Air ambulance landing site at Ottery St Mary Football Club?
- Credit: Archant
Charity is appealing for support from community
Airborne paramedics will be able to reach Ottery communities even in the hours of darkness if a suitable night-time landing site is approved.
The Devon Air Ambulance Trust (DAAT) is extending its life-saving service from the end of October, when it will be flying until midnight, enabling response teams to save vital time in reaching casualties.
The charity is appealing to communities to help fund and support the operation and has earmarked Ottery Football Club’s front pitch as an ideal location because it is floodlit, flat and in close proximity to the town.
Community helipads development officer for the DAAT, Toby Russell, attended a town council meeting last week to address concerns about the long-term future of the site. He explained that any investment in equipment could be transferred to another place if needed.
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He said DAAT could ‘piggyback’ off the existing floodlighting at the club, simply requiring an electronic switch which could be bought and installed for £970 plus VAT and operated via mobile SIM card – presenting significant cost savings compared to unlit sites.
Mr Russell told the Herald: “A community landing site is a surveyed floodlit area which will enable us to bring a life-saving service into the heart of communities when it is dark.
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“Floodlighting is an essential component of a community landing site for both safety and practical reasons. The ability to remotely control the lighting system is important and means that no one needs to be on hand in the event of an emergency.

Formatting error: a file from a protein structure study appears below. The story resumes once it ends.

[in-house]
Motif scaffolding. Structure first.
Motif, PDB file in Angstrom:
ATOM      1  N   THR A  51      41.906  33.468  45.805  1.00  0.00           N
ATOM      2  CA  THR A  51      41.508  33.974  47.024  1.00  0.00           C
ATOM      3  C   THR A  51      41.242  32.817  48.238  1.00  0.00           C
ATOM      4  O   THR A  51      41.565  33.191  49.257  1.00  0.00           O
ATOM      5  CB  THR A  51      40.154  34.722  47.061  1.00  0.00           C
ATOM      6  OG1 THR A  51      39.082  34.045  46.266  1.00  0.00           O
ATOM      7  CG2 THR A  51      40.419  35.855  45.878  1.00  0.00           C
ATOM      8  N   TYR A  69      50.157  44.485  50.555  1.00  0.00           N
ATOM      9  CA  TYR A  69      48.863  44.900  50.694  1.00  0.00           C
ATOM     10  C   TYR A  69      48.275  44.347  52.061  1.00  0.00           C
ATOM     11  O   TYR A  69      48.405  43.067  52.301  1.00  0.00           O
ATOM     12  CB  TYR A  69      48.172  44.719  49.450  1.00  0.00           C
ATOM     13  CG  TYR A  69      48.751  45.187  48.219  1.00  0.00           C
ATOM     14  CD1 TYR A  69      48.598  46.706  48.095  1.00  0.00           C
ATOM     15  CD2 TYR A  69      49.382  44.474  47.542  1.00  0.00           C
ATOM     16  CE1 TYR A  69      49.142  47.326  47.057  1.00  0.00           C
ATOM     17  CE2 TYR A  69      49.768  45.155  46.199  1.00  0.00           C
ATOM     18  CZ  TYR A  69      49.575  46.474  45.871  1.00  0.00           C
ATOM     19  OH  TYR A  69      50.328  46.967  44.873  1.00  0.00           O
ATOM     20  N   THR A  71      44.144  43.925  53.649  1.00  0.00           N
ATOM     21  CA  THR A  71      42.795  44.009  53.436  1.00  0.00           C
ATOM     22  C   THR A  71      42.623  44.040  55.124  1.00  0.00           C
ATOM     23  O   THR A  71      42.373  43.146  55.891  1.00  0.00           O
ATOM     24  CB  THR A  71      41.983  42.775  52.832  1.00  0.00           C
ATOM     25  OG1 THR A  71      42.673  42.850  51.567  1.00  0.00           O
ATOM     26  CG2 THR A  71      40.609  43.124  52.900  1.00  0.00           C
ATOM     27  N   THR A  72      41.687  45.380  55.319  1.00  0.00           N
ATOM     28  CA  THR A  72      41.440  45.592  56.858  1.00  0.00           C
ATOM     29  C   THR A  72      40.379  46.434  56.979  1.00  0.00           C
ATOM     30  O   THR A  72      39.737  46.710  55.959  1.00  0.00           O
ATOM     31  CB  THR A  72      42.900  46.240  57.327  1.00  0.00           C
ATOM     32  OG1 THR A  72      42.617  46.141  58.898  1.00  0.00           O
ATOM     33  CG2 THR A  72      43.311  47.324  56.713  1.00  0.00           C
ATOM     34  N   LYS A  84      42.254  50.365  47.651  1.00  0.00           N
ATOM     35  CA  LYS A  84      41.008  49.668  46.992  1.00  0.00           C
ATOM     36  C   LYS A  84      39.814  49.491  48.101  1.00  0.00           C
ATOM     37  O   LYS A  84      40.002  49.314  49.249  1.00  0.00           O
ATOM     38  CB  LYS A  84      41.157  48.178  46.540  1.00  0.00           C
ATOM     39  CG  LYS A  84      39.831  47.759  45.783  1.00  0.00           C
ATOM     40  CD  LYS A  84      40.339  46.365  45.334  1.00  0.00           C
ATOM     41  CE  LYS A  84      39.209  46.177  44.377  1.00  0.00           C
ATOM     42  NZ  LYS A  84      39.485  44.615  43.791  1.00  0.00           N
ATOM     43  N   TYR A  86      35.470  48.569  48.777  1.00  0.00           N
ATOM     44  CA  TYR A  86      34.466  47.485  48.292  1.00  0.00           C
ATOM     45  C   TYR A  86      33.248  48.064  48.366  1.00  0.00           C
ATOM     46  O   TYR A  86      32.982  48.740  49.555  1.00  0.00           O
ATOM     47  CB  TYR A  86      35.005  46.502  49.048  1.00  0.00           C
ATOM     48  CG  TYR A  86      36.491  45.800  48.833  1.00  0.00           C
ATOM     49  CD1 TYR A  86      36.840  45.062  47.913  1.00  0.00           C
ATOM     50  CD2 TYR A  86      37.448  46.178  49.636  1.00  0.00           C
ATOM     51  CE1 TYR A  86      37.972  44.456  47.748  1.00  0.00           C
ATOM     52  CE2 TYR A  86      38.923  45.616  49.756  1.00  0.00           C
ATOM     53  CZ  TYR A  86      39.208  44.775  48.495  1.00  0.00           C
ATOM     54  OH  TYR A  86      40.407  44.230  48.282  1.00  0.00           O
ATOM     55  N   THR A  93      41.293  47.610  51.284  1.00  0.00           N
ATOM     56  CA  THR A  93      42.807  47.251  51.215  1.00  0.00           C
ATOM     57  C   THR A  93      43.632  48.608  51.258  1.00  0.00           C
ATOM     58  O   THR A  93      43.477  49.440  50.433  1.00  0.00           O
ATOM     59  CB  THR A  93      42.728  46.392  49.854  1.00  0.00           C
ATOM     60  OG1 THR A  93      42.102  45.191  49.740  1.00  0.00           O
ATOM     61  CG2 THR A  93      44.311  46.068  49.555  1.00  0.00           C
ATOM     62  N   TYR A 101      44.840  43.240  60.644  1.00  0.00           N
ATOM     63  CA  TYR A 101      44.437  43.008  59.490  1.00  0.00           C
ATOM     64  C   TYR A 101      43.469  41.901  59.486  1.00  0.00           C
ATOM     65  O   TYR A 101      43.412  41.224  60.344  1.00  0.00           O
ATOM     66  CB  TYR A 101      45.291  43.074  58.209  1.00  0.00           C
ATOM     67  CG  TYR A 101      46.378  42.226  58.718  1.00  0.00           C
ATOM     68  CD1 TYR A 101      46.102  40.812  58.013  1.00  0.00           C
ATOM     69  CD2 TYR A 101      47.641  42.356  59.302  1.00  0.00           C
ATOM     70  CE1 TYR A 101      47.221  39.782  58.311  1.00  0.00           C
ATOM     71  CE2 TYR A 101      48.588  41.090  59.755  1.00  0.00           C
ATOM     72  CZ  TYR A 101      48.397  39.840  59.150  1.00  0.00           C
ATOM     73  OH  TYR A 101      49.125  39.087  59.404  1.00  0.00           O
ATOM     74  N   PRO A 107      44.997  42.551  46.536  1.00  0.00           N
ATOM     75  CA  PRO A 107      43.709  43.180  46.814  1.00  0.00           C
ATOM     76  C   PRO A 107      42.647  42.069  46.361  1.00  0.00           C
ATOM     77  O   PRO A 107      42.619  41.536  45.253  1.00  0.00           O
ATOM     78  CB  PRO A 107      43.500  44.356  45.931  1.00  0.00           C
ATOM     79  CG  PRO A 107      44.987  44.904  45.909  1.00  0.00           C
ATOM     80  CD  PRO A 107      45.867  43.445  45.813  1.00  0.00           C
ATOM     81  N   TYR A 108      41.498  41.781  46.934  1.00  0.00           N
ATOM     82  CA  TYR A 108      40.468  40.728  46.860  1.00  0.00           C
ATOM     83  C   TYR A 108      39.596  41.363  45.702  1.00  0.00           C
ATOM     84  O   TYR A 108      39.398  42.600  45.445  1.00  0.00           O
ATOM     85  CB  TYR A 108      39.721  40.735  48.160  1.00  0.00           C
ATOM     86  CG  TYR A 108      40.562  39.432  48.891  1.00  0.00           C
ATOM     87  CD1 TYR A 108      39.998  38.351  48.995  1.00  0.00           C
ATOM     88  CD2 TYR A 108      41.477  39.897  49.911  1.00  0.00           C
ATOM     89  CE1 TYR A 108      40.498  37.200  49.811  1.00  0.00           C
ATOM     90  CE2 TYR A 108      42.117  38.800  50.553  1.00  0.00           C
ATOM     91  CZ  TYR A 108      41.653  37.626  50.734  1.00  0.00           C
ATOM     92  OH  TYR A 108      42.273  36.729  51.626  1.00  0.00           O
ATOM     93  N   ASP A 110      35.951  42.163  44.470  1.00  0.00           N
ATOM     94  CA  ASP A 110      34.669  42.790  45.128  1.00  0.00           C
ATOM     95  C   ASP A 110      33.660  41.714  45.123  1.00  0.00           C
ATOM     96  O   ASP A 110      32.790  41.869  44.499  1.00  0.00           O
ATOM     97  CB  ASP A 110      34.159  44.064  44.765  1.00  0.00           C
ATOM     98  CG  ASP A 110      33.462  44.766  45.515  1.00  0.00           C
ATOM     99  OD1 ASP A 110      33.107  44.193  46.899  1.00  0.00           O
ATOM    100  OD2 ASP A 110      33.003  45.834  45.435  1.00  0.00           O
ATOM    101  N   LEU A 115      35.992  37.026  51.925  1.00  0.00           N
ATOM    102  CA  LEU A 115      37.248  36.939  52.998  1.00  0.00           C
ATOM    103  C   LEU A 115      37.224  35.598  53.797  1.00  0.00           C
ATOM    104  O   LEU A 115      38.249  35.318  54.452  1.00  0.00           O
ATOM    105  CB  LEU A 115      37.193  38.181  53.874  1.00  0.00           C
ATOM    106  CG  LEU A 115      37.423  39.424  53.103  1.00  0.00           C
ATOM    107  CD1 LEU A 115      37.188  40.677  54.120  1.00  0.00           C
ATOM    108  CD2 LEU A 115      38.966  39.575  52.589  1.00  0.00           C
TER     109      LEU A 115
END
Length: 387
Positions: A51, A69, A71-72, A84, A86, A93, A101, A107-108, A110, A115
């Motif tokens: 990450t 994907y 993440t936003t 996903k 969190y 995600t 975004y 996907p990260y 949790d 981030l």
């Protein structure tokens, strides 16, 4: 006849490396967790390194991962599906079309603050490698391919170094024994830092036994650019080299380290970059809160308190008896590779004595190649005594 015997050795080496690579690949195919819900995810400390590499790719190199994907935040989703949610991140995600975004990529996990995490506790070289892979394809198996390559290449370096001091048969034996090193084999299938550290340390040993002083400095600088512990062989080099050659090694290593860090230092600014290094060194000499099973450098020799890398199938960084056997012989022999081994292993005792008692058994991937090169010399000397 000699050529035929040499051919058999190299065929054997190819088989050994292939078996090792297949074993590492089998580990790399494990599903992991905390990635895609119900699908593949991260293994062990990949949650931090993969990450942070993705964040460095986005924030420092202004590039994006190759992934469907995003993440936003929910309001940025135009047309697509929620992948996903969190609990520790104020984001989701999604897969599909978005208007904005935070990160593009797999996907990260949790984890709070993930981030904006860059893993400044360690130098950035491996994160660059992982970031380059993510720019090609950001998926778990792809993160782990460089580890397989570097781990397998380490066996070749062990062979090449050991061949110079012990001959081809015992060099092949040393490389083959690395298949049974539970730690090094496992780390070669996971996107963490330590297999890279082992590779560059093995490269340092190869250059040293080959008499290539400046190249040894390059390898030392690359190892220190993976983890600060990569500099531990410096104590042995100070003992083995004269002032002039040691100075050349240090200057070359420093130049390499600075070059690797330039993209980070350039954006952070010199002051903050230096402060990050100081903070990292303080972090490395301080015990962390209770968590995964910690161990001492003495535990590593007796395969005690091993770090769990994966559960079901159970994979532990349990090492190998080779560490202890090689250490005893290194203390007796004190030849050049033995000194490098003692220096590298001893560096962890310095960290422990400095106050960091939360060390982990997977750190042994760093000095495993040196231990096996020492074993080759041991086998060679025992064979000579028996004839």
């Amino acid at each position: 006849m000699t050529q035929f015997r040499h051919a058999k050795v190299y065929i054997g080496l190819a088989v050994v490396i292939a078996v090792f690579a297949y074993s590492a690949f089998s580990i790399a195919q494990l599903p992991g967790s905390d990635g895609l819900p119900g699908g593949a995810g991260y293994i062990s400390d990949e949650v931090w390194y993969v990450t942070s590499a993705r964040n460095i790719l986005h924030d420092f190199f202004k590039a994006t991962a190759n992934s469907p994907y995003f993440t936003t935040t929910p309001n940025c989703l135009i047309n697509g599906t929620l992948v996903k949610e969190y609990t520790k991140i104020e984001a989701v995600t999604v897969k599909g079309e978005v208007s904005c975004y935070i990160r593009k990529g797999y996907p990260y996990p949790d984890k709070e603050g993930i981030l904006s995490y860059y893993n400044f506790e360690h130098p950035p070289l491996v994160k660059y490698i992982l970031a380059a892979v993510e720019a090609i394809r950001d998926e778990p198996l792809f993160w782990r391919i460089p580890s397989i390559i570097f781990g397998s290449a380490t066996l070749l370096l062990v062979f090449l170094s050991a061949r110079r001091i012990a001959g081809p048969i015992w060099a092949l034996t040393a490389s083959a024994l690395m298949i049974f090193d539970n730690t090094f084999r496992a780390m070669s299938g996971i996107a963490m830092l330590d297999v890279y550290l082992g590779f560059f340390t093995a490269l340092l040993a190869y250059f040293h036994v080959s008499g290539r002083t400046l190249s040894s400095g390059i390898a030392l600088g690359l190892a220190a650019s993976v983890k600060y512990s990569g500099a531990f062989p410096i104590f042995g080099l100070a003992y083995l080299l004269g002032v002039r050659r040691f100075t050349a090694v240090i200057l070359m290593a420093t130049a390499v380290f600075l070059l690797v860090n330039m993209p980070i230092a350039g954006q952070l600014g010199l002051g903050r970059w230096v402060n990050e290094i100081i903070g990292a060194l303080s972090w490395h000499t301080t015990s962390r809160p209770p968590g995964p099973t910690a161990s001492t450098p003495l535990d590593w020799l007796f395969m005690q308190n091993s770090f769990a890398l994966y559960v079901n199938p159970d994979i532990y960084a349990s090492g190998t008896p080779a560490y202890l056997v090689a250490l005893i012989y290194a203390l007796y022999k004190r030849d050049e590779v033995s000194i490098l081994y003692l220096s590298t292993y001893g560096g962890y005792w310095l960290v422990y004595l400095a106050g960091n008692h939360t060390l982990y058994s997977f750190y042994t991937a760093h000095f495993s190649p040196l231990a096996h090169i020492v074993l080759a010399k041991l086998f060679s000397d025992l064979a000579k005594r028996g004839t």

“The proposed landing site at Ottery Football Club has been surveyed by DAAT operations staff when potential obstacles, access points and other general site characterises were assessed and recorded. This is a really important part of our approach to night-time flying and essentially means that the pilots and crew know what a site looks like prior to their arrival. This will help to reduce the inherent risks involved and speed up the process of the air ambulance landing in a community.”
The DAAT is currently in talks with the landowner of the site to determine if it can be used and Mr Russell said it would ideally want to have it operational by November.
If this gets the go-ahead, it will be down to the community to fund the equipment needed to operate the lighting – the cost is likely to be shared between Ottery’s county councillor Claire Wright and the town council – but will be confirmed at a later date.